Its release date of 1st October coincides with the 75th anniversary of the end of the Nuremburg trials, which punished most of the worst Nazi criminals from the Holocaust – didn’t it? Well, actually no. As this film sets out to demonstrate, an astonishing 99 per cent of the one million people responsible for the murder of 11 million innocent men, women and children were left unpunished and free to live their lives out.
A handful it is true were brought to justice after Nuremburg. High profile offenders like Josef Mengele and Adolf Eichmann were captured and brought to trial from their South American hide outs. But they weren’t all in South America. Some were even in positions of power in the post war West German government. And some were in Britain. Dr Stephen Ankier has spent many years tracking them down but always his prey has eluded him by dying before he can bring them to account for their crimes. A Nazi war criminal living in the suburbs of Oldham seems almost a definition of the banality of evil.
In the film we return once more to the oft seen but still horrifying footage of naked corpses being pushed by tractor into burial pits, like so much rubbish. We hear again from some of those who survived – a woman who was one of a handful of those still alive after her whole village was eliminated. The statistics are chilling. Journalist Robin Lustig visits the site where his grandmother was murdered in one of the death camps. On that day she died with 1,999 others. The officer in charge proudly kept a record of his “achievement”.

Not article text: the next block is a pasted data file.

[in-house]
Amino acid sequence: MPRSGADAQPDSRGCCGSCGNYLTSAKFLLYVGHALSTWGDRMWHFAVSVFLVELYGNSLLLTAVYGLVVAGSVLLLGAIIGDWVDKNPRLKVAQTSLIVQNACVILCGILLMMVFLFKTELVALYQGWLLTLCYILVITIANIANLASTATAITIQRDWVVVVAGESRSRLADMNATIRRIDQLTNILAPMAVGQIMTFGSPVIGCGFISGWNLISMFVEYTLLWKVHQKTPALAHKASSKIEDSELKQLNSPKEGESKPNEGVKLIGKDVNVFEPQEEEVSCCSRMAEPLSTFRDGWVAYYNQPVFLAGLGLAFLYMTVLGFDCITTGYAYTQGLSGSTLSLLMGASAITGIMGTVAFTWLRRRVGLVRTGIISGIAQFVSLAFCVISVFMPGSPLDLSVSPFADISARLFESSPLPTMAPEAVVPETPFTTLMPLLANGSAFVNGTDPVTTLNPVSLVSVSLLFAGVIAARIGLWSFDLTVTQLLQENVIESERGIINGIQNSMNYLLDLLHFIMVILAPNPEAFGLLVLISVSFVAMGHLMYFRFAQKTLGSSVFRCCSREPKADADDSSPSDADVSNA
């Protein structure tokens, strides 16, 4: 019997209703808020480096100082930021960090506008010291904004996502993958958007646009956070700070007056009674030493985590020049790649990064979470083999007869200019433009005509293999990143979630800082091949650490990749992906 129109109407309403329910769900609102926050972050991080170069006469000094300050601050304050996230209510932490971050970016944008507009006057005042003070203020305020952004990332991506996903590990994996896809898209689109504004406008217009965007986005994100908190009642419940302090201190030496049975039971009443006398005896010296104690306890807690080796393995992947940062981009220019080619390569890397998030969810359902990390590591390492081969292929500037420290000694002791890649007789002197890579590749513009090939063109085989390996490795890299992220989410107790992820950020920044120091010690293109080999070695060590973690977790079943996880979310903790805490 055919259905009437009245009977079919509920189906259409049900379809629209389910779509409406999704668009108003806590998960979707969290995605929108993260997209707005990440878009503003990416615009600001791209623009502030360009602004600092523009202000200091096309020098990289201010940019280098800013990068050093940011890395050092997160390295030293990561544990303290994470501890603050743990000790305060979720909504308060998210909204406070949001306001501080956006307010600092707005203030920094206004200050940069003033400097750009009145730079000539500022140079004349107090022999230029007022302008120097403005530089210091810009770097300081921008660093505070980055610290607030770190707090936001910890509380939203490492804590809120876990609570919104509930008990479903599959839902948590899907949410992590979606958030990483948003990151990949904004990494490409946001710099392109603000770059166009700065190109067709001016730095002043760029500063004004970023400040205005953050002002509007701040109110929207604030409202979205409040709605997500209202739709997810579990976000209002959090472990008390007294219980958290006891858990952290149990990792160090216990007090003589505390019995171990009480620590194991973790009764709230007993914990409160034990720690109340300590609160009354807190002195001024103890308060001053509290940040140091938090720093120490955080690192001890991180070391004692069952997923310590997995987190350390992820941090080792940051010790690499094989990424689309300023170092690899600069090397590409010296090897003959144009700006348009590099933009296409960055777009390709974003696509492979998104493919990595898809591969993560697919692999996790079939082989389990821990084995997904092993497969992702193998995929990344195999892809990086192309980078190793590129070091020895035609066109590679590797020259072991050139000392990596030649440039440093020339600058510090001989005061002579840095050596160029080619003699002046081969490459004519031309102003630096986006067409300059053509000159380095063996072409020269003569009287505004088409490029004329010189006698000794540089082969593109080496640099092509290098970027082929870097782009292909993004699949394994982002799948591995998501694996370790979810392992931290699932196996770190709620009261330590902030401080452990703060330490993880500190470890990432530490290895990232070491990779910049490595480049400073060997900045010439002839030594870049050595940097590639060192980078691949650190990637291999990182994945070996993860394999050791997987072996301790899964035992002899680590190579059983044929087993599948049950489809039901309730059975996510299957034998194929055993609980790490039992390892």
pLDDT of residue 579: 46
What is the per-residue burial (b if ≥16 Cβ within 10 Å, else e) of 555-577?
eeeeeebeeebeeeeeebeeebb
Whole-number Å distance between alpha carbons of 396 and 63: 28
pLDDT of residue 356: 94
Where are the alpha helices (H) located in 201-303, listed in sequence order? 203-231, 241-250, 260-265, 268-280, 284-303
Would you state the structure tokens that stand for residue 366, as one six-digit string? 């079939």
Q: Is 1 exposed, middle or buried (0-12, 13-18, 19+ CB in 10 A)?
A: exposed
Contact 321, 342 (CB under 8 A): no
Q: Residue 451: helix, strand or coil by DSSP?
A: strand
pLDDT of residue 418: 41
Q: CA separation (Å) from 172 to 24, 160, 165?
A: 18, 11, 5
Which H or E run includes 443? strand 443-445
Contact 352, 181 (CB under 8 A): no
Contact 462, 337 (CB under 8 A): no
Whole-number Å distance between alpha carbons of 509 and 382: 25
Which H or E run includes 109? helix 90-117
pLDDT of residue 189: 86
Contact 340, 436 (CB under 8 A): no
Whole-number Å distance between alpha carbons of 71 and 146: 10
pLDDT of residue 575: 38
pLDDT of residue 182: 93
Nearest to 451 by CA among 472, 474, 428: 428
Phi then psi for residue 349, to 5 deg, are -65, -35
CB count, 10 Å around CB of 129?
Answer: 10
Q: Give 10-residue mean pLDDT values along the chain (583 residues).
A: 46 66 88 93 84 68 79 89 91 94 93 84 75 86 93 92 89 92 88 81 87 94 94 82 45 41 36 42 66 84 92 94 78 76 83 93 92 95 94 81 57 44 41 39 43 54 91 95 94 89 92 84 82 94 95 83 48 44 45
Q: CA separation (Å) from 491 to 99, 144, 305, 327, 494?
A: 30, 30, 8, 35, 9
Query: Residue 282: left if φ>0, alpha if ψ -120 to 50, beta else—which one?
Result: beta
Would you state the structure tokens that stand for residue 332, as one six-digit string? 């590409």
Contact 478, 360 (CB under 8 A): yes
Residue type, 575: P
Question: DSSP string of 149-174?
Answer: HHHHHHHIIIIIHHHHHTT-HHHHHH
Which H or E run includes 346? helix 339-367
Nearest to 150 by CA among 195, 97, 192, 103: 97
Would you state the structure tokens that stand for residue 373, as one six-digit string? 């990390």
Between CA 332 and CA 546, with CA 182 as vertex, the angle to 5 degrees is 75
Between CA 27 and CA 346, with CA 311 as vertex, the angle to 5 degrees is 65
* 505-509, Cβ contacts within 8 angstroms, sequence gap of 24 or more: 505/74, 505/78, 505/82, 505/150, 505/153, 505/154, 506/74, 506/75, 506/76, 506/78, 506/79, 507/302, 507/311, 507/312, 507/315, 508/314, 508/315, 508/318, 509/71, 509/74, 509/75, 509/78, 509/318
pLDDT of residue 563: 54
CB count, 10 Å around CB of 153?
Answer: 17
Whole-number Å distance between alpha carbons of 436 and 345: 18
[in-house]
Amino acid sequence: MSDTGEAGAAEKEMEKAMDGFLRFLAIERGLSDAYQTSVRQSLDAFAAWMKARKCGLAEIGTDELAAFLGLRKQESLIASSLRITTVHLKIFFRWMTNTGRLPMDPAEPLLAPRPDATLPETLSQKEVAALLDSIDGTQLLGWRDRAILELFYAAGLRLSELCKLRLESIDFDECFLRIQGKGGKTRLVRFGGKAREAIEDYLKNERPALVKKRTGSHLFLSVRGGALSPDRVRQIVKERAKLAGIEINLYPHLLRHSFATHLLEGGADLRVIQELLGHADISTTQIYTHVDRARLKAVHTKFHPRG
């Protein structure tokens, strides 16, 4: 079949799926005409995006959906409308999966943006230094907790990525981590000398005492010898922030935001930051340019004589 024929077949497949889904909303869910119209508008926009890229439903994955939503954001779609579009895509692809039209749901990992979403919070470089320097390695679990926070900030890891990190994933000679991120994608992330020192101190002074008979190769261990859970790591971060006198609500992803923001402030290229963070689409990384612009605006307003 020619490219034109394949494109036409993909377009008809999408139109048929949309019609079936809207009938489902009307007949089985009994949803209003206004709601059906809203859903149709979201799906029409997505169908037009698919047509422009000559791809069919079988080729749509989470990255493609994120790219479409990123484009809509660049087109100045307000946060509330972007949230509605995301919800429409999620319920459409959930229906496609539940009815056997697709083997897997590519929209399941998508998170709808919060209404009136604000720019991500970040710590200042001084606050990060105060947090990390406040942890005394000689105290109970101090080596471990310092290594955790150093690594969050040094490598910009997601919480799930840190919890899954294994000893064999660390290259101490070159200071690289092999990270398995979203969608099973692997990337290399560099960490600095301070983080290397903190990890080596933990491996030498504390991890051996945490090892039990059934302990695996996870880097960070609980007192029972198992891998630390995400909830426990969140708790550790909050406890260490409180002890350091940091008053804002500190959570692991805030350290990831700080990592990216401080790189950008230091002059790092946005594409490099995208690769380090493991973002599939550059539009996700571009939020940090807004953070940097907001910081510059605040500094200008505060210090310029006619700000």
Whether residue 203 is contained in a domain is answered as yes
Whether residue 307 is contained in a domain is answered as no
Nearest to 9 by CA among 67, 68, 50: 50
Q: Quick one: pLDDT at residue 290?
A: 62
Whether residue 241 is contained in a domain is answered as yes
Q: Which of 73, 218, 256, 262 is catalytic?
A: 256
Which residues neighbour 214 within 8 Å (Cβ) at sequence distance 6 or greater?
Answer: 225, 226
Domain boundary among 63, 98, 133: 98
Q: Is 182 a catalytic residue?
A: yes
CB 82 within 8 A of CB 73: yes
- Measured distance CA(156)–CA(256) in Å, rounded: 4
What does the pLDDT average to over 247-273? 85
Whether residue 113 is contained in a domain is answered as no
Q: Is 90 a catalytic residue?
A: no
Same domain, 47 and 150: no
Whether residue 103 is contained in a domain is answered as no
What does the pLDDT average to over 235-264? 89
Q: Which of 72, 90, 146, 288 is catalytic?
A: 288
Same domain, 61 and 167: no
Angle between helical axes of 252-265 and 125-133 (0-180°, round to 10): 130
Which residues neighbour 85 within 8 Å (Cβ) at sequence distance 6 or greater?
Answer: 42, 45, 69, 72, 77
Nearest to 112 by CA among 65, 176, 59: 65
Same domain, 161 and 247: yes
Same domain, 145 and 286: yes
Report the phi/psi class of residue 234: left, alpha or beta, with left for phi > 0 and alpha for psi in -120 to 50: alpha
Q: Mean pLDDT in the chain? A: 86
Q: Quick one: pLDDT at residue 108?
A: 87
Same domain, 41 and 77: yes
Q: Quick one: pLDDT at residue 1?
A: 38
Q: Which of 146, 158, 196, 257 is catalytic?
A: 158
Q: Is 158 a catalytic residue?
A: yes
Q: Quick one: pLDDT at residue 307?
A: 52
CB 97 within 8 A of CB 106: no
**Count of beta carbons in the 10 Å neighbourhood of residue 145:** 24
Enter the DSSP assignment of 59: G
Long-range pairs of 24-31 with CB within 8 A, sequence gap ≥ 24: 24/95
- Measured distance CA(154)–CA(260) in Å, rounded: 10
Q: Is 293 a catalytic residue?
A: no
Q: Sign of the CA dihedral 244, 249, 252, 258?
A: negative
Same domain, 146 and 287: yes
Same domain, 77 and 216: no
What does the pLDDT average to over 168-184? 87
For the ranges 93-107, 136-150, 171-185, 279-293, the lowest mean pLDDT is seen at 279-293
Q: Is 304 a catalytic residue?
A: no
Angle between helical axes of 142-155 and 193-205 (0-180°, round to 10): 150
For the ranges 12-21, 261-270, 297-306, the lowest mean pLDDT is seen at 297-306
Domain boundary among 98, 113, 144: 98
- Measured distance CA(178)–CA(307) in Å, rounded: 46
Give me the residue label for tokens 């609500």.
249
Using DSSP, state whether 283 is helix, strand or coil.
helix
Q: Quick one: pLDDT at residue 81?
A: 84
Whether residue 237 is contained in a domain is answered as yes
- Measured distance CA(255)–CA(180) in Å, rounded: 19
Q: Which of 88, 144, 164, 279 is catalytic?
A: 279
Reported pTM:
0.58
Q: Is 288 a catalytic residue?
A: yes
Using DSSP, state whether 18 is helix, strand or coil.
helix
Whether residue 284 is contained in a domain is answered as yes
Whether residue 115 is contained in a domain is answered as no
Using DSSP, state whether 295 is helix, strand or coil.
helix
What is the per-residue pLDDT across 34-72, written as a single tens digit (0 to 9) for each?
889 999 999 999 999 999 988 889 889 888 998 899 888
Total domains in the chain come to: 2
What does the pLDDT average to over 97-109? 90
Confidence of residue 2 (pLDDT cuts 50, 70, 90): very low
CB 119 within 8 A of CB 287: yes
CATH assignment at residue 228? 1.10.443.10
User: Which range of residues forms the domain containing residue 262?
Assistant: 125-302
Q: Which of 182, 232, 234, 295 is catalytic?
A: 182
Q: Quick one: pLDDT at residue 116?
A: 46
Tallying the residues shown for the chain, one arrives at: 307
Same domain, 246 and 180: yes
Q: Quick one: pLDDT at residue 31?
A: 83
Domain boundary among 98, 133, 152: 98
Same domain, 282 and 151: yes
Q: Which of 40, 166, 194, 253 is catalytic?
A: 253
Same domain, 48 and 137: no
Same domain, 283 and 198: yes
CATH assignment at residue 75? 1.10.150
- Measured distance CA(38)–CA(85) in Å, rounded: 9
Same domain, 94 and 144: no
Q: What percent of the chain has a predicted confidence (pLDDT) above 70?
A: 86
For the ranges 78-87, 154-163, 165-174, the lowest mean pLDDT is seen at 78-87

The film is packed with such horror stories. It is a remarkable work of research for which Wilkinson, who is incidentally not Jewish – just humanitarian – travelled all over the killing fields of Europe plus the UK, America and Ireland. To uncover the story he spoke not just to survivors and families of victims but to academics such as historian Professor Mary Fulbrook; Benjamin B Ferencz, now 101 years old, who is the last living prosecutor from the Nuremberg War Crimes Trials; Jens Rommel from the official German department responsible for prosecuting war crimes, who throws some light on why so many escaped justice and Philip Rubenstein, who played an important role in the All-Party Parliamentary War Crimes Group.
The film also uncovers the names of countless unprosecuted war criminals, their details read in cool tones by Eileen Atrkins, along with excerpts from some of the paperwork documenting their crimes. One of the most chilling quotes that stands out from these is the simple statement “it was legal to kill Jews”.
Distribution of the film is currently in the form of individual event screenings all over the country, followed by a live Q and A with the director. Details here: https://gettingawaywithmurders.uk/screenings/